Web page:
PRESQUE ISLE, Maine — Nearly three years to the day after opening its doors, The Crow’s Nest Restaurant and Event Center, LLC, officially closed them on Saturday, Oct. 26. Owner Jim Stacey cited rising fuel costs and other expenses among the reasons for shutting down.
“Within the first eight months of opening, the price of gas and heating oil rose more than $1 a gallon,” Stacey said. “It increased our expenses from the start, as well as those of private citizens. People couldn’t afford to go out and cover personal expenses, too. When they [the public] started to recover, they continued to eat home rather than dine out.”
Heat and utilities for the more than 12,000 square feet of space that comprised the restaurant and event center proved a daunting challenge to keep up with. Electrical fees also proved to be a burden.
“The biggest [electrical cost] was what they call a ‘demand charge.’ Ours was $1,000 to $1,200 a month for electricity, regardless of our usage. That figure was derived based on peak use, but that didn’t reflect our true usage on a regular basis,” he said.
Vacant for nearly two years prior to Stacey acquiring the building, it originally served as home to Slopes Northern Maine Restaurant and Brewing Company. The building, which was stripped of its contents, including fixtures, was completely refurbished by Stacey, who had hoped to make it the best event center north of Bangor.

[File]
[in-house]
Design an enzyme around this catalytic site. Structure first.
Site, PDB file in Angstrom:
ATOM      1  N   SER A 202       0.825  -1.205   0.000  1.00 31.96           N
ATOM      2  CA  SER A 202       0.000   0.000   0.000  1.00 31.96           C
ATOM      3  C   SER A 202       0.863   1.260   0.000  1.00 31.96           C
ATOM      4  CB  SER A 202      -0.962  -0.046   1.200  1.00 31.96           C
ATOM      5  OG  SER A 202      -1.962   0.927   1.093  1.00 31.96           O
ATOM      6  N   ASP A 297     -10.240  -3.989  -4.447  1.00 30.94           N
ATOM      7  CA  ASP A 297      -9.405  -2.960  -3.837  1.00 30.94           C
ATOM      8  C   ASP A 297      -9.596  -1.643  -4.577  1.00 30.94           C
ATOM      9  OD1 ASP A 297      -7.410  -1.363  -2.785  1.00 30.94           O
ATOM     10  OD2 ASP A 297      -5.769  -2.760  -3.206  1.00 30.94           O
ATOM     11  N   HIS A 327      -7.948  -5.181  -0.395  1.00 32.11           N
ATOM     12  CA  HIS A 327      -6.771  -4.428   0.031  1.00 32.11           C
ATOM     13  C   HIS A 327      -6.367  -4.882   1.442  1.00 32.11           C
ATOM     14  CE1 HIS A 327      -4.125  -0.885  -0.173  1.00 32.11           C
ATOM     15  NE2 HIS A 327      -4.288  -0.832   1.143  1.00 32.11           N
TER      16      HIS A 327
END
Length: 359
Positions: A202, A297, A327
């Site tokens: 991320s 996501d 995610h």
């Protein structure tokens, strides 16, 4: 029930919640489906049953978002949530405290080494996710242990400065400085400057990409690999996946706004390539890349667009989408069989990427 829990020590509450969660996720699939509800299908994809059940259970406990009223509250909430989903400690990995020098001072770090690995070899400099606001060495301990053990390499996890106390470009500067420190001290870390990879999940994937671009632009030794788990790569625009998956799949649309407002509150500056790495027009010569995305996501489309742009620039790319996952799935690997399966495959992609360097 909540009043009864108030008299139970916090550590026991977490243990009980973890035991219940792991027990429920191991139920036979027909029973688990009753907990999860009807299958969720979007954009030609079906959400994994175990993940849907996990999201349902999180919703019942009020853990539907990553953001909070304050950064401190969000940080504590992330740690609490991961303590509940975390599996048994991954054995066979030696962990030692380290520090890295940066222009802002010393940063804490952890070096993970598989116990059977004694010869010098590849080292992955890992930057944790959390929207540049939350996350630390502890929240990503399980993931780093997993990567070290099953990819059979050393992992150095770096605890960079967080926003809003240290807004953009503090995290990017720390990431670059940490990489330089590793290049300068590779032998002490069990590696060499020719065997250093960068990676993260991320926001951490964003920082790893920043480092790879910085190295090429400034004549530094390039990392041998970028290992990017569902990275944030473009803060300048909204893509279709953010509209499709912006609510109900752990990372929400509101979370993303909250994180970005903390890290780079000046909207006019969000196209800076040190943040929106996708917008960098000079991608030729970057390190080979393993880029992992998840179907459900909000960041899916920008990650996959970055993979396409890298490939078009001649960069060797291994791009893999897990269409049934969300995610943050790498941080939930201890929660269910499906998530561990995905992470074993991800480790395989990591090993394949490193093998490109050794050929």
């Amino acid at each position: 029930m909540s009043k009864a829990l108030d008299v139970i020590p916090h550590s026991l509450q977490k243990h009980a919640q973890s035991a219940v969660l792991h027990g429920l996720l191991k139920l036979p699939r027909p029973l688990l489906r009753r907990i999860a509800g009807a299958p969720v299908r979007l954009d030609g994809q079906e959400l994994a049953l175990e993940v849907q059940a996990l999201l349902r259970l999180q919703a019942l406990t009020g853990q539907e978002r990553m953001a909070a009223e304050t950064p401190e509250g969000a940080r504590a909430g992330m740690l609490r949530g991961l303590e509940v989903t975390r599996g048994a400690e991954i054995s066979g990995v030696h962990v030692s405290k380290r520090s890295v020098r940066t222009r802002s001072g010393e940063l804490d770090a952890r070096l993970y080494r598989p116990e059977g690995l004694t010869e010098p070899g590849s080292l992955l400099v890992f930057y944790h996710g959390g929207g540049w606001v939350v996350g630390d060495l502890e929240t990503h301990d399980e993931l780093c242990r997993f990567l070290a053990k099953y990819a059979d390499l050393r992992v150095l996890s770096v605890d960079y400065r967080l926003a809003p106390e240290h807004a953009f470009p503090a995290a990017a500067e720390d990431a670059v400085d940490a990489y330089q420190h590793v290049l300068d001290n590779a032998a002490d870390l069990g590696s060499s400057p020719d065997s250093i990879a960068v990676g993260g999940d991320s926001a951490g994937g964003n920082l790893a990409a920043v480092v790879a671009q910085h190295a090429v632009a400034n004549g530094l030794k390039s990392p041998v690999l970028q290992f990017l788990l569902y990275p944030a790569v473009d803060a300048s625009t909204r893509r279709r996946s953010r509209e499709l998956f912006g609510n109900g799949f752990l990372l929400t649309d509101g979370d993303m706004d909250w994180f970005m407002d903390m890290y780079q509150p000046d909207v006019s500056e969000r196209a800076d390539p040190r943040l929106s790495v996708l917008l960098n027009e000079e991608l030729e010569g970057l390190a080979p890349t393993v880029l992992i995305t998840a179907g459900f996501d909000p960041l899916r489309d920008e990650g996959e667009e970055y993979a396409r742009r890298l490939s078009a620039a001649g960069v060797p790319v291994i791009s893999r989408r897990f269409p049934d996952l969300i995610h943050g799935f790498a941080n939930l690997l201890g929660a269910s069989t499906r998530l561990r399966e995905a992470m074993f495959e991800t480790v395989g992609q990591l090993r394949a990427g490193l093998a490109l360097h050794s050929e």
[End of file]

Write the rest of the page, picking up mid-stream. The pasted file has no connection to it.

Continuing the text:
“This was the largest center of its kind, not just in Presque Isle but for Aroostook County. I feel very sad it’s closing. There isn’t an alternative for its size and the type of facility to accommodate all the organizations, businesses and events that we’ve hosted,” said the owner.
Stacey said the rising cost of fuel, utilities, food and labor eventually took its toll.
“My monthly expenses started at around $120,000 a month in the beginning. I got it down to half of that but that was still a vast amount. It’s been difficult and this is one of the most difficult decisions I’ve ever made,” said Stacey.
“We made it to last spring, but spring was very poor from a revenue standpoint. My position was, if there was any way possible not to close until all the summer weddings took place — bridal parties make commitments to a location, beyond the event center. Families make hotel reservations, flights, etc. It could have created a black spot in a marriage, if things didn’t go as planned. I didn’t want that to happen to any of the couples,” he said.
The last wedding booked for the season took place the weekend before the facility closed.
Stacey said he and event manager Cheryl Murchison have been busy notifying all those who were booked through the end of this year and into 2014 of the closure.
“2014 was showing great promise for the event center side of the business,” Stacey said.
He took pride in being a hands-on owner.
“I only missed being here about 30 days since opening. I wanted to meet people and be a part of daily operations, not just a boss. I never took any salary,” said Stacey.
Despite giving it his all, Stacey now finds himself in the same position as his staff.
“I’m now looking for work,” said Stacey. “I’m not sure what the next chapter in my life will be. Whatever it is, all I can do is give it my best.”
Stacey said all matters regarding The Crow’s Nest are being handled by his attorney, Christopher Ledger. Anyone with questions about the business is asked to call 498-2581.